The initial Bay Delta Conservation Plan (BDCP) was a unique undertaking for the Sacramento-San Joaquin River Delta (Delta) that began in 2006 (before the enactment of the Delta Reform Act of 2009). It was being developed as a 50-year habitat conservation plan with the goals of restoring the Sacramento-San Joaquin Delta ecosystem and securing California water supplies.
As outlined in the Delta Reform Act the BDCP, if approved as both a Natural Community Conservation Planning (NCCP) program by the State and a Habitat Conservation Plan (HCP) by the federal government, was to be automatically incorporated into the Council’s Delta Plan as a necessary component to further the achievement of the State mandated coequal goals – water supply reliability for California and the rehabilitation of the Delta ecosystem.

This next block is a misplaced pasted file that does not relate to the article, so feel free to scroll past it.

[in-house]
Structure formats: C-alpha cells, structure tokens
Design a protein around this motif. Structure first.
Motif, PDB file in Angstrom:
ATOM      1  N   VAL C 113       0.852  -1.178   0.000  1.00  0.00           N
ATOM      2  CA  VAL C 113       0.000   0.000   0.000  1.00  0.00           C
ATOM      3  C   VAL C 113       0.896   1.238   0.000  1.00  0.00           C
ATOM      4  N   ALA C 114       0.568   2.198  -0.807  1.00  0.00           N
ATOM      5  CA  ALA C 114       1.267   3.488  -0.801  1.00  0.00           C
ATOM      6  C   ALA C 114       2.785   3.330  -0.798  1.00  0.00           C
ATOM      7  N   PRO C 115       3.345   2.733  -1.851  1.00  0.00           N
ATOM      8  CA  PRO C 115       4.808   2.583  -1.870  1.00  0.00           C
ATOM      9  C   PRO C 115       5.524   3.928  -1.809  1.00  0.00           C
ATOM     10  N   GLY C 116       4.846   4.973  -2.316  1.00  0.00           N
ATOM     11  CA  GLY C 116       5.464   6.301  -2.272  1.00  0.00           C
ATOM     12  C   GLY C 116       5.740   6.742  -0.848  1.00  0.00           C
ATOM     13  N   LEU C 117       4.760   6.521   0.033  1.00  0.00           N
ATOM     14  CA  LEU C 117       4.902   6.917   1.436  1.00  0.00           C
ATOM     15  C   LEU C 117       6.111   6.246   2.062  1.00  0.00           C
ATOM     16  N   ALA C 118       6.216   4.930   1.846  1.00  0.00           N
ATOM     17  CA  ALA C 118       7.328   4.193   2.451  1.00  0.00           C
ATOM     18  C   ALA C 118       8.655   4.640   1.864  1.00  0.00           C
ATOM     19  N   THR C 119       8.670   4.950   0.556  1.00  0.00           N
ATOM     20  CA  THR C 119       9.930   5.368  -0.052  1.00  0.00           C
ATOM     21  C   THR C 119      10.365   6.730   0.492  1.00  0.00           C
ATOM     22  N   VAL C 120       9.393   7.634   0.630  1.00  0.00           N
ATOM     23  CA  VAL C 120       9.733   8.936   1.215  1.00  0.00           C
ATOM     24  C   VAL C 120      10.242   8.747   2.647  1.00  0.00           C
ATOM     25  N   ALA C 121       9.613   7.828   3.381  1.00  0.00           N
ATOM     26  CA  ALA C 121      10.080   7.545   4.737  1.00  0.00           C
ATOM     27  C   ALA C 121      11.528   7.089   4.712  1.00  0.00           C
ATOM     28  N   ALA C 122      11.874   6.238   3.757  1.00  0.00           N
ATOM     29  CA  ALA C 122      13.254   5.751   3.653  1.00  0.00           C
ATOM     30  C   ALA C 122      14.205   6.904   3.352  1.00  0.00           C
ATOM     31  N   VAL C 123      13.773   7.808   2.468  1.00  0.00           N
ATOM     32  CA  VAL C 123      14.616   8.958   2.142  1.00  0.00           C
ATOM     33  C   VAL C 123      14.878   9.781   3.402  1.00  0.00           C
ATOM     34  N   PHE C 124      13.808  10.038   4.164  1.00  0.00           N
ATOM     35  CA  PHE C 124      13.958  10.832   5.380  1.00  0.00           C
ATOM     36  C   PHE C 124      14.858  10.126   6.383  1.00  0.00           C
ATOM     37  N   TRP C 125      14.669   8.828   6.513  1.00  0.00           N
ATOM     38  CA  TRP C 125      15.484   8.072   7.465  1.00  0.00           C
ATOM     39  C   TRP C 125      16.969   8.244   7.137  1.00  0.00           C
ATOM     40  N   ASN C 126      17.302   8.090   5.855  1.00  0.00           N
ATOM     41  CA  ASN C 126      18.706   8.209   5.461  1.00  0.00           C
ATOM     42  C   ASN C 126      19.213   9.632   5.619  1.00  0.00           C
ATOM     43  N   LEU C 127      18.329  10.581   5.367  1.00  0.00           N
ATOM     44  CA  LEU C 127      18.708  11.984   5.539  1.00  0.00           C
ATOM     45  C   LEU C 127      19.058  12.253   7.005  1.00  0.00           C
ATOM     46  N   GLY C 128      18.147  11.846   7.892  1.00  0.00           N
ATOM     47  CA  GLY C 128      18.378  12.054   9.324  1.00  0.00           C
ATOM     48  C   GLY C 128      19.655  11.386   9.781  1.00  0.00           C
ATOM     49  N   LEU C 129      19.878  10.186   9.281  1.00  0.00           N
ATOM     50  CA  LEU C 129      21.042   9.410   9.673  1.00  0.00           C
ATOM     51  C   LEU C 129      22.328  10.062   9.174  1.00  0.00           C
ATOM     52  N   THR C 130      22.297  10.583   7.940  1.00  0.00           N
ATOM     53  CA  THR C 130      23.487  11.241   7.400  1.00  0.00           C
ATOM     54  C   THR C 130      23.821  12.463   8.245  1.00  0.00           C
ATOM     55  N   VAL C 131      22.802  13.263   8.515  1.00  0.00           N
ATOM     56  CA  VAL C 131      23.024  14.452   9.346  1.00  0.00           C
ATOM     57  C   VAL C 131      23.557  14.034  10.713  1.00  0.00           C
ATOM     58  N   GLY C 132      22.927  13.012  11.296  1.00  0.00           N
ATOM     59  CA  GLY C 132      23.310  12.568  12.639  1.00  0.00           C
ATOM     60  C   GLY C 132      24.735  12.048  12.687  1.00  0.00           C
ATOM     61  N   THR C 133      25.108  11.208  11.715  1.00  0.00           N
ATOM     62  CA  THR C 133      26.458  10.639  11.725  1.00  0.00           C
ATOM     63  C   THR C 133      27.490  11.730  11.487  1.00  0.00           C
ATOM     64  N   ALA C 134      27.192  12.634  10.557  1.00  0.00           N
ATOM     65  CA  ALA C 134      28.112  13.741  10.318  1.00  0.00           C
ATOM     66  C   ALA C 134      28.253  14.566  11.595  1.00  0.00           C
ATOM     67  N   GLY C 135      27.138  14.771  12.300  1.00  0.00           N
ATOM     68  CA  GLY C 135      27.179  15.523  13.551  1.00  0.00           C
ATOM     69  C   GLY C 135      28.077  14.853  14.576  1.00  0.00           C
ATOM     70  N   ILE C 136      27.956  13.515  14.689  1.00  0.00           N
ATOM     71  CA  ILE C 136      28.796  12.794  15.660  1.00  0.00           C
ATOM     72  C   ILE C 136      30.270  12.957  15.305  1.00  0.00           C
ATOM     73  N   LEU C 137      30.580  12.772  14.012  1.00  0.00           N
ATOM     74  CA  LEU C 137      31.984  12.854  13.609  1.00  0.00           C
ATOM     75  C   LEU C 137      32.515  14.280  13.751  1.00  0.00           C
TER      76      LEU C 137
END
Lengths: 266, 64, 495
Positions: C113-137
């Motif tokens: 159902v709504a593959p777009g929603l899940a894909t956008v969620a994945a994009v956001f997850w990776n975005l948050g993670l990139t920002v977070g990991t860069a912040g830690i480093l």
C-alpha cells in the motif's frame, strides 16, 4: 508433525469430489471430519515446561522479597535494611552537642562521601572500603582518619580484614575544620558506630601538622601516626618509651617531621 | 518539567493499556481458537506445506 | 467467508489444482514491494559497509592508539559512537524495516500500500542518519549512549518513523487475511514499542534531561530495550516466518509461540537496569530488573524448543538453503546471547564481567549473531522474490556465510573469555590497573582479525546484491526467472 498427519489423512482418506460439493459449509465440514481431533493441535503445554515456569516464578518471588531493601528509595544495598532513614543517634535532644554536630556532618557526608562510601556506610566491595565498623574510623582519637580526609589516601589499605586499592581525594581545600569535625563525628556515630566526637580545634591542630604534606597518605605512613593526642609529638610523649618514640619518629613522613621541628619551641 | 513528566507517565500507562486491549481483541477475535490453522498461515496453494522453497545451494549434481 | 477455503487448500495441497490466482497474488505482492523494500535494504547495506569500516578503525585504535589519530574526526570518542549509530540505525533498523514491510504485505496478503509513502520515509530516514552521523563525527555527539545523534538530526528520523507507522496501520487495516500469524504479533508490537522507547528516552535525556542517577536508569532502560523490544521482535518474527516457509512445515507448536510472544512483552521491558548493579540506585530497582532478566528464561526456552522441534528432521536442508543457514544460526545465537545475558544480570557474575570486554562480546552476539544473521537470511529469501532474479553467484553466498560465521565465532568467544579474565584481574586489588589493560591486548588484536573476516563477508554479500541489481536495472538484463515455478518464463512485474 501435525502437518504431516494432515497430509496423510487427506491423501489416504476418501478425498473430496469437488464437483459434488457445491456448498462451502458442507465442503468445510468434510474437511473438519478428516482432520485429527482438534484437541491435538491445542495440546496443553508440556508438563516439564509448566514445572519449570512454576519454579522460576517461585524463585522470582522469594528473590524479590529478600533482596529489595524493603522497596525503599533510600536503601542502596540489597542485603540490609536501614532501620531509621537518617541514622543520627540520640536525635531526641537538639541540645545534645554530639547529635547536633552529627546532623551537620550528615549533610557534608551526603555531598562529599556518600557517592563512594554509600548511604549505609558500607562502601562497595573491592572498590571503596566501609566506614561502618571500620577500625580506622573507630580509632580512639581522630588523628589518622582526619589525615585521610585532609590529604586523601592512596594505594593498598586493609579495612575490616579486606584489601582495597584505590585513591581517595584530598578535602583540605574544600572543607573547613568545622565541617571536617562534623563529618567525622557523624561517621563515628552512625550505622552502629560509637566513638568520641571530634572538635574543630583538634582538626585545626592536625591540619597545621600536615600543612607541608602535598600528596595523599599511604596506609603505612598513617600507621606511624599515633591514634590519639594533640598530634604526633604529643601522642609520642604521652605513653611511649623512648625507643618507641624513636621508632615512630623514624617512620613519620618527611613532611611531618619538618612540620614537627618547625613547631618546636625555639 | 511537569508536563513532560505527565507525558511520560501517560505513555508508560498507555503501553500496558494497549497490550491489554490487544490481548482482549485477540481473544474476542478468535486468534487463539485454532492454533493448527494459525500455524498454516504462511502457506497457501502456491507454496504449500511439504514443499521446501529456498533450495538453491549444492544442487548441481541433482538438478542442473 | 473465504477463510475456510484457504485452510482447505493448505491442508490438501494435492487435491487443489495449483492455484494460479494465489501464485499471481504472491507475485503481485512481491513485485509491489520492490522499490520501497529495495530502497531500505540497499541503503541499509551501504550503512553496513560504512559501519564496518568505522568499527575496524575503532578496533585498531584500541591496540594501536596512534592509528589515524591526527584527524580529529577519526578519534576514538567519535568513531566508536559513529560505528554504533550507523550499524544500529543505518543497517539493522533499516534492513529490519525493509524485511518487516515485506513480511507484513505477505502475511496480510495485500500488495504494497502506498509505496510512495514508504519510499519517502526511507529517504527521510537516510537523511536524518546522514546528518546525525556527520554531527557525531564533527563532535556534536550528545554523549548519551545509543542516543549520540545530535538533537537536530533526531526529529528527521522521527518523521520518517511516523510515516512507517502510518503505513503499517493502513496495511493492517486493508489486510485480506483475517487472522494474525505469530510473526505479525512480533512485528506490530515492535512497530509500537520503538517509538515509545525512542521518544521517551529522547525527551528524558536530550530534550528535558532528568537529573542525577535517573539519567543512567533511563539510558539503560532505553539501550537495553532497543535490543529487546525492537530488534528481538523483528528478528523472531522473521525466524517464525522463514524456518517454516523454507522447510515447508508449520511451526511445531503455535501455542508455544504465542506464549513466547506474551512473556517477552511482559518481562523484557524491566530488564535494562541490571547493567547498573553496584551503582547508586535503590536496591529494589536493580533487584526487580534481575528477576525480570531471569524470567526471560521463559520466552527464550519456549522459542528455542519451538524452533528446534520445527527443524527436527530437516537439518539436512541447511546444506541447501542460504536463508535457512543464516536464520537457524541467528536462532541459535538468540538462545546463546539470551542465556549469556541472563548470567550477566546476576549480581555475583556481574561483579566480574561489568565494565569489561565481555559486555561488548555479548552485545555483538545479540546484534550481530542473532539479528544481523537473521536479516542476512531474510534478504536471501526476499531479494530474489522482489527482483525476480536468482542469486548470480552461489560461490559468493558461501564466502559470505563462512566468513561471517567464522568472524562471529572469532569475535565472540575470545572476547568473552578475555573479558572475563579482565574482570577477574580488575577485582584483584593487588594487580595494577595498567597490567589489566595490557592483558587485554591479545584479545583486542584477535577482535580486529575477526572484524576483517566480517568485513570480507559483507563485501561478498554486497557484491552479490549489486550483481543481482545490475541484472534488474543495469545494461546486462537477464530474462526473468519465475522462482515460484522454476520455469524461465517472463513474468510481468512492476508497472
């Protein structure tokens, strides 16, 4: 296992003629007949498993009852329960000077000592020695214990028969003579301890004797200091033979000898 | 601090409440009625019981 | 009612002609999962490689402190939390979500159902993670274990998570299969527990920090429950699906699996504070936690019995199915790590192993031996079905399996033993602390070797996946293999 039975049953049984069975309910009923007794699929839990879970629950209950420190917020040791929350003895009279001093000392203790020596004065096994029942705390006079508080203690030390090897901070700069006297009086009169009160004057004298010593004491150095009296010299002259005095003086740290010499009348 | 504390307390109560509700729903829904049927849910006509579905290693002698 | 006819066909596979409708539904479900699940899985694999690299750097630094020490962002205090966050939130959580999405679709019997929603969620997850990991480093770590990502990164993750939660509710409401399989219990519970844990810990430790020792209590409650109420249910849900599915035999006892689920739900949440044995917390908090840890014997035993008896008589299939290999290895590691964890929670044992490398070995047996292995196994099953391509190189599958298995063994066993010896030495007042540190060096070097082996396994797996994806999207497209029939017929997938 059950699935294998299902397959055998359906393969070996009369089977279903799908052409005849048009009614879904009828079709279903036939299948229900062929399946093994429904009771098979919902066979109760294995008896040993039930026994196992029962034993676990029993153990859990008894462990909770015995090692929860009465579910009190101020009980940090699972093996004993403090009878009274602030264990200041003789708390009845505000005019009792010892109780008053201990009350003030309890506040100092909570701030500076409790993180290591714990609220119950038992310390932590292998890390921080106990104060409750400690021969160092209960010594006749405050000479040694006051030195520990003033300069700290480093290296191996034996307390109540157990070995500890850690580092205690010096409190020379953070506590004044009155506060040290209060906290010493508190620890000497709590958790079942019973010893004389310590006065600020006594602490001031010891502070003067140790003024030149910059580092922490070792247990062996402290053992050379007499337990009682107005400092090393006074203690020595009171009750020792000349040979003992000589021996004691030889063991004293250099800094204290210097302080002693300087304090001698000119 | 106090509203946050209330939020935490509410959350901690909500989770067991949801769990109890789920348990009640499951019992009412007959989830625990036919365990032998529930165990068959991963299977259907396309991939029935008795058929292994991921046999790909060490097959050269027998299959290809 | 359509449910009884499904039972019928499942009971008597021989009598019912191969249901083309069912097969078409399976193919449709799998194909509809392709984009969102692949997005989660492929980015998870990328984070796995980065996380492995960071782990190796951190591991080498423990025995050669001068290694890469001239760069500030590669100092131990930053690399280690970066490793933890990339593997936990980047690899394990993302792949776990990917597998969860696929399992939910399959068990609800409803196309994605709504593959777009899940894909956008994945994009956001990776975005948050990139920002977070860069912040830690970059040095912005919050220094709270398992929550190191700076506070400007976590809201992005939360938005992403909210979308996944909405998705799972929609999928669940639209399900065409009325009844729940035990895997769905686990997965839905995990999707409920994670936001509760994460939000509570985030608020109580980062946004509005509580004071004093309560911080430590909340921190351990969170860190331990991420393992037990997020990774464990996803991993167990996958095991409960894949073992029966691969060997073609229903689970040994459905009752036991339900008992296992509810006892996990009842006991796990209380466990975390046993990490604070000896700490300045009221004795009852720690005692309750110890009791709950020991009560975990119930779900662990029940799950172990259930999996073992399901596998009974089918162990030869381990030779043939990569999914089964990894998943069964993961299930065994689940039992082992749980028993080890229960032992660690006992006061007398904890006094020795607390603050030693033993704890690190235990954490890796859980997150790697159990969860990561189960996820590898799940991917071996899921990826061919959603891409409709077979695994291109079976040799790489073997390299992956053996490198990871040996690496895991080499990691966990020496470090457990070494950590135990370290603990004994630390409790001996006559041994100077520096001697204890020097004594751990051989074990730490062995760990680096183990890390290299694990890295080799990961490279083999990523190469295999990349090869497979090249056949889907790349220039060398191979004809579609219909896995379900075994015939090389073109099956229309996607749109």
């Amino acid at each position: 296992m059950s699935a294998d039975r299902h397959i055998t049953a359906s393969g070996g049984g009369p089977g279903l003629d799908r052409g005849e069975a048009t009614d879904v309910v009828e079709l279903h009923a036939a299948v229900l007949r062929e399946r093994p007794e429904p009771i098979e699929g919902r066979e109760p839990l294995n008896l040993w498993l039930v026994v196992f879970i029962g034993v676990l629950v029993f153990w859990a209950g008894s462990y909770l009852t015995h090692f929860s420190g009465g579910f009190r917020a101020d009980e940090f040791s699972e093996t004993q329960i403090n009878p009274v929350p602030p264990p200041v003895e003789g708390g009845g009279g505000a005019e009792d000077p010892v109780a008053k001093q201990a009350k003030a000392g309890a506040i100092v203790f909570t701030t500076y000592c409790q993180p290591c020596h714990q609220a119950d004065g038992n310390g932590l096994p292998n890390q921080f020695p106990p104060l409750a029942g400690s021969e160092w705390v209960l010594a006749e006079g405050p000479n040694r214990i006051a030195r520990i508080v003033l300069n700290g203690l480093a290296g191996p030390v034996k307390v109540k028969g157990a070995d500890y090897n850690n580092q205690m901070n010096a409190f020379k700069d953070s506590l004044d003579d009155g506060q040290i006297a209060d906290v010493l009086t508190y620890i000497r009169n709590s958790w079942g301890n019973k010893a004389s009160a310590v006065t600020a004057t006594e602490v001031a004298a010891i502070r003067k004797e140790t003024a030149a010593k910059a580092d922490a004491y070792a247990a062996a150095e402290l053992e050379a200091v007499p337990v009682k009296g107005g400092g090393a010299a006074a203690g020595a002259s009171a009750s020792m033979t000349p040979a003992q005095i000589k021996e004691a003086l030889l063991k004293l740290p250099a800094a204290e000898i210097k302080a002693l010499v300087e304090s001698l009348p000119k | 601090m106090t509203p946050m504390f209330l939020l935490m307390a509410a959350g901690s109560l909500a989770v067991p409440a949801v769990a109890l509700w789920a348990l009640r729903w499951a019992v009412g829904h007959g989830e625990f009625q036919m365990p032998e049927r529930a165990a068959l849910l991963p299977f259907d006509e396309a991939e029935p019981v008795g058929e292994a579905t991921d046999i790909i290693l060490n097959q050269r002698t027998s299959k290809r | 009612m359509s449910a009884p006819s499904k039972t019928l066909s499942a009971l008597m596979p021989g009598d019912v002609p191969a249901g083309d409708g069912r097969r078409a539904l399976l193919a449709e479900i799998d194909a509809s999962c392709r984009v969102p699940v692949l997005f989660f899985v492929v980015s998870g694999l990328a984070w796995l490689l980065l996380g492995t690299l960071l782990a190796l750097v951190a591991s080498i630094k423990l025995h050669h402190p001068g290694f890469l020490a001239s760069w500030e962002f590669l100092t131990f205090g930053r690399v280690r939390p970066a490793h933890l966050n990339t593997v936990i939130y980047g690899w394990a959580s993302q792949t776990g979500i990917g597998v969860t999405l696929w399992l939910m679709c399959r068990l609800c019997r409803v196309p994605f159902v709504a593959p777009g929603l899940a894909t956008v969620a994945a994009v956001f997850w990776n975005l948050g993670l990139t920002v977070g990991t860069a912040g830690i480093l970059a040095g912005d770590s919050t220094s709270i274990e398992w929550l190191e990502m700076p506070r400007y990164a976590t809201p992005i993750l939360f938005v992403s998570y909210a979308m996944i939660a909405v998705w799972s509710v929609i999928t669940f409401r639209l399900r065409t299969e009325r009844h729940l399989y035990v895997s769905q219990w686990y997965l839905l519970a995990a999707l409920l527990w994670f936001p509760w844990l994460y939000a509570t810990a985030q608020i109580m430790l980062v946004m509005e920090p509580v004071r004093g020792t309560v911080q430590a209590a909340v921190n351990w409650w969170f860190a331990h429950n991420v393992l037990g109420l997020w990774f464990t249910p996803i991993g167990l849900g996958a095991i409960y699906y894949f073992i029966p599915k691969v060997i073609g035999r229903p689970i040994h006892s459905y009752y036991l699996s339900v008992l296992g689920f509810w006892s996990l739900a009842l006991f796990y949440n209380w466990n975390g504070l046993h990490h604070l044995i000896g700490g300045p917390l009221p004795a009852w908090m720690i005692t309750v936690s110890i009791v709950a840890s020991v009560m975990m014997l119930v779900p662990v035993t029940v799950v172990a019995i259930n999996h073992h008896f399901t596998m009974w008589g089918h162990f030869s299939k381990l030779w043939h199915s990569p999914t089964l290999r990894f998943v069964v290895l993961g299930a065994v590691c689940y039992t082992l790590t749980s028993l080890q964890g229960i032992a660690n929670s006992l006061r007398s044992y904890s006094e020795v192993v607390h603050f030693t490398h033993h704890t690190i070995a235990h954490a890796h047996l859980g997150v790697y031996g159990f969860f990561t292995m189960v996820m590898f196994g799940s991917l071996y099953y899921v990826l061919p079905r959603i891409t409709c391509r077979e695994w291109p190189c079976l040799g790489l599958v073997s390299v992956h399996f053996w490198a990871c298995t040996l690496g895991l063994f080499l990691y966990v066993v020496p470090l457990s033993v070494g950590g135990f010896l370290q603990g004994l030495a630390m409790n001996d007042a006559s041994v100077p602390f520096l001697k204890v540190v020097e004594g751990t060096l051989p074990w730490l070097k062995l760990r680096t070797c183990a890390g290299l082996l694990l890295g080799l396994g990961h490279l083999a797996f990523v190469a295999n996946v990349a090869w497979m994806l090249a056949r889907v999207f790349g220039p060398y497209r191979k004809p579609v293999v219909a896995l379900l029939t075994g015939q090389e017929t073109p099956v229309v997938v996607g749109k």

As drafted, the new proposed water conveyance alternative (California WaterFix) would not complete the BDCP as either an NCCP or HCP program.
With the shift in the BDCP, and the Delta Plan’s statutory commitments to it, the Council considered how this shift might result in changes to the Delta Plan relating to options for new and improved conveyance infrastructure, storage, and their operations to achieve the coequal goals. After months of discussion, the Council developed a set of 18 high level principles that will be used when crafting future policies for conveyance, storage, and operations.
As for this webpage, it can still help explain historically the relationship between the Delta Plan and the BDCP – and the role the Council and the Delta Independent Science Board (Delta ISB) had in the BDCP’s review.